As a result of a review into Australia’s designs law by the Advisory Council on Intellectual Property, the federal Government recently passed the Designs Amendment (Advisory Council on Intellectual Property Response) Act 2021 (Cth) (Amending Act). The Amending Act has brought about a number of changes to the Designs Act 2003 (Cth) (Designs Act) which are aimed at improving Australia’s designs system to provide additional support to designers and encourage innovation.
Some of the amendments incorporated by the Amending Act have already come into effect, with the remainder due to commence in early 2022.
An overview of the key amendments is set out below.
Under the Designs Act, a design is capable of registration if it is new and distinctive when compared with other designs (whether or not those other designs are registered). Previously, in deciding if a design was too similar to another, the standard to be applied was the perspective of an “informed user”. This led to some confusion as to whether the relevant perspective was that of a consumer or could include the perspectives of other people who were familiar with the design but not necessarily consumers.
The Designs Act now provides that the standard to be applied is that of a “familiar person”. A “familiar person” is someone “who is familiar with the product to which the design relates, or products similar to the product to which the design relates (whether or not the familiar person is a user of the product to which the design relates or of products similar to the product to which the design relates).”
Accordingly, a “familiar person” need not be a user of the product to which the design relates and can encompass a broad range of perspectives, which could include experts on the products and not just everyday consumers.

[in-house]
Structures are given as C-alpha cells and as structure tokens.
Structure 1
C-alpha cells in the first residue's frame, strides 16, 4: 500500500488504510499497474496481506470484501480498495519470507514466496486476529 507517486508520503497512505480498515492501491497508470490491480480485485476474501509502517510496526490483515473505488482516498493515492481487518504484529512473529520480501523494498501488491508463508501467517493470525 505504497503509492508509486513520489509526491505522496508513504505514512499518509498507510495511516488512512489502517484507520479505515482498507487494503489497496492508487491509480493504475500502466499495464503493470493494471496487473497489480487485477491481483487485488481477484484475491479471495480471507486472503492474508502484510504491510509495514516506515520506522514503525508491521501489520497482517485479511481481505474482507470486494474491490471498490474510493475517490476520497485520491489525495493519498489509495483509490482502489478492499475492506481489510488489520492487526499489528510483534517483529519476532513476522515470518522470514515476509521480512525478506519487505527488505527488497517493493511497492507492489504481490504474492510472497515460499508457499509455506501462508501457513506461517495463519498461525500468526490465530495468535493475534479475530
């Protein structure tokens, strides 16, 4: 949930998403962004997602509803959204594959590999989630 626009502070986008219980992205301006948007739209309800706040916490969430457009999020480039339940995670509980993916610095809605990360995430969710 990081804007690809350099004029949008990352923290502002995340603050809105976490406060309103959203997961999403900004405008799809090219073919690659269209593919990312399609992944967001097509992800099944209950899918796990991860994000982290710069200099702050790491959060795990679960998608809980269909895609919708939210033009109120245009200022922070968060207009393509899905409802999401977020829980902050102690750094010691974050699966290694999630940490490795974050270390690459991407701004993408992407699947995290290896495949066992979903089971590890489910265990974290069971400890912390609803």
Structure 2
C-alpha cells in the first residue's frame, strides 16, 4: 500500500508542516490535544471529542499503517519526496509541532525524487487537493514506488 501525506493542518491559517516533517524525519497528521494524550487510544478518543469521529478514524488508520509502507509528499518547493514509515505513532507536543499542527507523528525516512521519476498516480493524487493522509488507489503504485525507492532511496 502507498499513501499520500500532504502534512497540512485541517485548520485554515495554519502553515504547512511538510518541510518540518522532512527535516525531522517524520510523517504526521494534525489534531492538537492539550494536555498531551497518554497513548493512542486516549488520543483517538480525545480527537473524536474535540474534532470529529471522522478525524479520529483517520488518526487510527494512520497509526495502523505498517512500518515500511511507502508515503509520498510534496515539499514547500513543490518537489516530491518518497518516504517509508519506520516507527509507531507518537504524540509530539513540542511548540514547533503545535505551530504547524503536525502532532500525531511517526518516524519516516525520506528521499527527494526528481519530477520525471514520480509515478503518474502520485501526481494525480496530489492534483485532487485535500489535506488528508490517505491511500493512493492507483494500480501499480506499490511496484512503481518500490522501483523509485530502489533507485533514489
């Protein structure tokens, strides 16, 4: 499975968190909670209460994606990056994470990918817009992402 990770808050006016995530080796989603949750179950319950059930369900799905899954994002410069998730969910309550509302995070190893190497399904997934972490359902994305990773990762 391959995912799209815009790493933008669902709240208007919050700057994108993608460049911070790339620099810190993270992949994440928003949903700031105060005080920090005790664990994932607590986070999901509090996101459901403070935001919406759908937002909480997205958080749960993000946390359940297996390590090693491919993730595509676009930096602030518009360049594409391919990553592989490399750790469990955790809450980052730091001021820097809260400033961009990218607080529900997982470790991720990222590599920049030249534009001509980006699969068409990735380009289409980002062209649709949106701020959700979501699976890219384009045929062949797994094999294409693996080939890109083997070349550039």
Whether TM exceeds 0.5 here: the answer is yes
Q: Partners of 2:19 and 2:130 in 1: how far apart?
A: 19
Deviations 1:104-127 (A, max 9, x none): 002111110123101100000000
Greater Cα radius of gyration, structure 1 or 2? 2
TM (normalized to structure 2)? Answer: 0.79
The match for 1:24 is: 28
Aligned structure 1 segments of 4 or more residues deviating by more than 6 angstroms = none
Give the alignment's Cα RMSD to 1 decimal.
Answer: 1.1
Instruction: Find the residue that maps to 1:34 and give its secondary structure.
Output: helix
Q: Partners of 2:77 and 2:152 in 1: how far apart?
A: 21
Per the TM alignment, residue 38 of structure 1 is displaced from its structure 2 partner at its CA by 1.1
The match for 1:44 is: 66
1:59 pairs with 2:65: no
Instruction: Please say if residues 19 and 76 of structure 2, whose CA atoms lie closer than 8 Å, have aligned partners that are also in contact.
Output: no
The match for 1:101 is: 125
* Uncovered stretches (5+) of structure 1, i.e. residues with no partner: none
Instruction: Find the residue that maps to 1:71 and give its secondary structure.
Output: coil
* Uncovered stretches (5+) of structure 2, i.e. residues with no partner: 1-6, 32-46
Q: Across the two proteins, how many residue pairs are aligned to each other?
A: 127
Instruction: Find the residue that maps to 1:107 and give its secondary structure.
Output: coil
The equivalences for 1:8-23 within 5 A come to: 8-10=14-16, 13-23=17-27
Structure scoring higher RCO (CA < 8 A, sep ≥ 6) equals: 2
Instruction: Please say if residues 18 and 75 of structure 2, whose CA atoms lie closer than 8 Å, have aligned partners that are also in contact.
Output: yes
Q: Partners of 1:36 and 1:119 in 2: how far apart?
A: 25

Extension of grace period
It is standard practice to file an application for registration of a design prior to using or publishing the design in the marketplace. This is because prior publication of the design would likely mean that it is no longer new and distinctive and therefore unable to be registered.
Currently, the Designs Act provides a six (6) month grace period, meaning that any use or publication of a design within the six (6) month period prior to the design application being filed is disregarded when determining if the design is new and distinctive.
From early 2022, the grace period will be extended to twelve (12) months. This will likely give the creators of designs greater peace of mind that inadvertent disclosures (at least within the grace period) will prevent registration of their designs.
New Infringement exception
While the grace period for filing a design application will be extended, the Designs Act will soon also provide a new defence to claims of design infringement. If accused of design infringement, third parties will not be liable if they can show that they have used the relevant design, or taken definite steps to do so, prior to the relevant design application being filed. In short, a third party will not be liable for design infringement if they can show that they used the design during the grace period. In light of this defence, design owners should be wary of filing design applications towards the end of the grace period.
From early 2022, an exclusive licensee of a registered design will have the ability to commence proceedings for design infringement. Under the current regime, only registered owners have the right to sue for design infringement. If an exclusive licensee commences design infringement proceedings, they will be required to make the registered owner a defendant in the proceedings.
Currently, the Designs Act provides that an applicant has six (6) months to request registration of a design from the time that a design application is filed. The Amending Act will introduce amendments providing that a design application will be automatically registered after six (6) months, unless registration is requested sooner.
Applicants could also request that a design be published rather than registered. Publication of a design would mean that it would form part of the prior art base against which other design applications would be compared, but would not provide the protection of registration. The Amending Act has removed the ability for applicants to request that their design be published rather than registered.
Those relying on design registrations may need to update their internal processes and review procedures in light of the new amendments to the Designs Act.
If you have any questions or concerns related to the use and registration of designs, please do not hesitate to contact us.